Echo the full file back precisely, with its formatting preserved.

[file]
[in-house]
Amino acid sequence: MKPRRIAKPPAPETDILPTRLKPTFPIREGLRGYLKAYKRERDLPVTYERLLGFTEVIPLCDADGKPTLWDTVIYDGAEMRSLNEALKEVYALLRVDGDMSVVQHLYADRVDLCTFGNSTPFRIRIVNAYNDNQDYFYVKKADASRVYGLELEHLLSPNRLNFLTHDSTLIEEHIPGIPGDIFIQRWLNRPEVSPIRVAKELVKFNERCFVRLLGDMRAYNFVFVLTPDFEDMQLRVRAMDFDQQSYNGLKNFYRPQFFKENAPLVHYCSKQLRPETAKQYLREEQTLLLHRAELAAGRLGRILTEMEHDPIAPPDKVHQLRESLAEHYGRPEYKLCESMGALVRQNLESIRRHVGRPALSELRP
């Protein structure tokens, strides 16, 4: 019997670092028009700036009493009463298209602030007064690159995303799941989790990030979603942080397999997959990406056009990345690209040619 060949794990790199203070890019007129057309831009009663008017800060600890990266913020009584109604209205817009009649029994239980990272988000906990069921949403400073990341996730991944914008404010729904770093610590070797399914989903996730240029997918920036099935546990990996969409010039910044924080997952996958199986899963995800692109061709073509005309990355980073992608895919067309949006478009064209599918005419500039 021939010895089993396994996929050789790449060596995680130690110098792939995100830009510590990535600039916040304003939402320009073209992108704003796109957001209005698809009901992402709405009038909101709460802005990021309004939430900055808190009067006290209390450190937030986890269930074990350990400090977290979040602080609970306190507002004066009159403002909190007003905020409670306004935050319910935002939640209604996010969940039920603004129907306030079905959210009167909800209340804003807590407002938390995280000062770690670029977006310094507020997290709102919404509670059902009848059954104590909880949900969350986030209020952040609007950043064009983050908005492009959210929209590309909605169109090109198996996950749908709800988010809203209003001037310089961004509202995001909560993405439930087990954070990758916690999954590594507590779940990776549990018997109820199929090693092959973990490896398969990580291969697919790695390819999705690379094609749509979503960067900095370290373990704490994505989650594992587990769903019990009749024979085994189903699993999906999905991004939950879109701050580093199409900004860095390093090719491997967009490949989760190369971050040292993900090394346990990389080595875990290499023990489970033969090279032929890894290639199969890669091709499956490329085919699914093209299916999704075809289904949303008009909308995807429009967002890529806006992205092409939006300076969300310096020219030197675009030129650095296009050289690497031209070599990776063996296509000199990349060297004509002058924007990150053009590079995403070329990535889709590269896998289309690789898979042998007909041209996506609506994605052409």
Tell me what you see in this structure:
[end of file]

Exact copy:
[in-house]
Amino acid sequence: MKPRRIAKPPAPETDILPTRLKPTFPIREGLRGYLKAYKRERDLPVTYERLLGFTEVIPLCDADGKPTLWDTVIYDGAEMRSLNEALKEVYALLRVDGDMSVVQHLYADRVDLCTFGNSTPFRIRIVNAYNDNQDYFYVKKADASRVYGLELEHLLSPNRLNFLTHDSTLIEEHIPGIPGDIFIQRWLNRPEVSPIRVAKELVKFNERCFVRLLGDMRAYNFVFVLTPDFEDMQLRVRAMDFDQQSYNGLKNFYRPQFFKENAPLVHYCSKQLRPETAKQYLREEQTLLLHRAELAAGRLGRILTEMEHDPIAPPDKVHQLRESLAEHYGRPEYKLCESMGALVRQNLESIRRHVGRPALSELRP
């Protein structure tokens, strides 16, 4: 019997670092028009700036009493009463298209602030007064690159995303799941989790990030979603942080397999997959990406056009990345690209040619 060949794990790199203070890019007129057309831009009663008017800060600890990266913020009584109604209205817009009649029994239980990272988000906990069921949403400073990341996730991944914008404010729904770093610590070797399914989903996730240029997918920036099935546990990996969409010039910044924080997952996958199986899963995800692109061709073509005309990355980073992608895919067309949006478009064209599918005419500039 021939010895089993396994996929050789790449060596995680130690110098792939995100830009510590990535600039916040304003939402320009073209992108704003796109957001209005698809009901992402709405009038909101709460802005990021309004939430900055808190009067006290209390450190937030986890269930074990350990400090977290979040602080609970306190507002004066009159403002909190007003905020409670306004935050319910935002939640209604996010969940039920603004129907306030079905959210009167909800209340804003807590407002938390995280000062770690670029977006310094507020997290709102919404509670059902009848059954104590909880949900969350986030209020952040609007950043064009983050908005492009959210929209590309909605169109090109198996996950749908709800988010809203209003001037310089961004509202995001909560993405439930087990954070990758916690999954590594507590779940990776549990018997109820199929090693092959973990490896398969990580291969697919790695390819999705690379094609749509979503960067900095370290373990704490994505989650594992587990769903019990009749024979085994189903699993999906999905991004939950879109701050580093199409900004860095390093090719491997967009490949989760190369971050040292993900090394346990990389080595875990290499023990489970033969090279032929890894290639199969890669091709499956490329085919699914093209299916999704075809289904949303008009909308995807429009967002890529806006992205092409939006300076969300310096020219030197675009030129650095296009050289690497031209070599990776063996296509000199990349060297004509002058924007990150053009590079995403070329990535889709590269896998289309690789898979042998007909041209996506609506994605052409």
Tell me what you see in this structure: